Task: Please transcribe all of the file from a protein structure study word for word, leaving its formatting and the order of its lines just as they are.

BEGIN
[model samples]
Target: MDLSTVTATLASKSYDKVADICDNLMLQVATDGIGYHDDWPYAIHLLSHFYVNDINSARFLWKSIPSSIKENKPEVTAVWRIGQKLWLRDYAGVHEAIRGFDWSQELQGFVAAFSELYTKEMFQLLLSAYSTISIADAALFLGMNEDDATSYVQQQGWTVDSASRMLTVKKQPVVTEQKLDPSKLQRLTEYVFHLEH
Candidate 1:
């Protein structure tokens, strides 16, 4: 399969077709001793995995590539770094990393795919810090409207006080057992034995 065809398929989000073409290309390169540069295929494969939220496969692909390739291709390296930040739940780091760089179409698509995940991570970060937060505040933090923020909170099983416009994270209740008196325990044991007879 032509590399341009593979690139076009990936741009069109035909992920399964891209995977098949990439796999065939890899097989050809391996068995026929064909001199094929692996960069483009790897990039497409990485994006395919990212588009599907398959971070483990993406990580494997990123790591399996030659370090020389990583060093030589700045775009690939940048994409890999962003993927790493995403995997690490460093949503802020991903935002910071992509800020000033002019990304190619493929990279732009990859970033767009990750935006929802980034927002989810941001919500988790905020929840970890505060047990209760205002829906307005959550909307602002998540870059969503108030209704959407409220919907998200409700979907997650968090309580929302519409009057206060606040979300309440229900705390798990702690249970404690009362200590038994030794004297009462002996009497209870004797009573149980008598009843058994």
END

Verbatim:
[model samples]
Target: MDLSTVTATLASKSYDKVADICDNLMLQVATDGIGYHDDWPYAIHLLSHFYVNDINSARFLWKSIPSSIKENKPEVTAVWRIGQKLWLRDYAGVHEAIRGFDWSQELQGFVAAFSELYTKEMFQLLLSAYSTISIADAALFLGMNEDDATSYVQQQGWTVDSASRMLTVKKQPVVTEQKLDPSKLQRLTEYVFHLEH
Candidate 1:
């Protein structure tokens, strides 16, 4: 399969077709001793995995590539770094990393795919810090409207006080057992034995 065809398929989000073409290309390169540069295929494969939220496969692909390739291709390296930040739940780091760089179409698509995940991570970060937060505040933090923020909170099983416009994270209740008196325990044991007879 032509590399341009593979690139076009990936741009069109035909992920399964891209995977098949990439796999065939890899097989050809391996068995026929064909001199094929692996960069483009790897990039497409990485994006395919990212588009599907398959971070483990993406990580494997990123790591399996030659370090020389990583060093030589700045775009690939940048994409890999962003993927790493995403995997690490460093949503802020991903935002910071992509800020000033002019990304190619493929990279732009990859970033767009990750935006929802980034927002989810941001919500988790905020929840970890505060047990209760205002829906307005959550909307602002998540870059969503108030209704959407409220919907998200409700979907997650968090309580929302519409009057206060606040979300309440229900705390798990702690249970404690009362200590038994030794004297009462002996009497209870004797009573149980008598009843058994």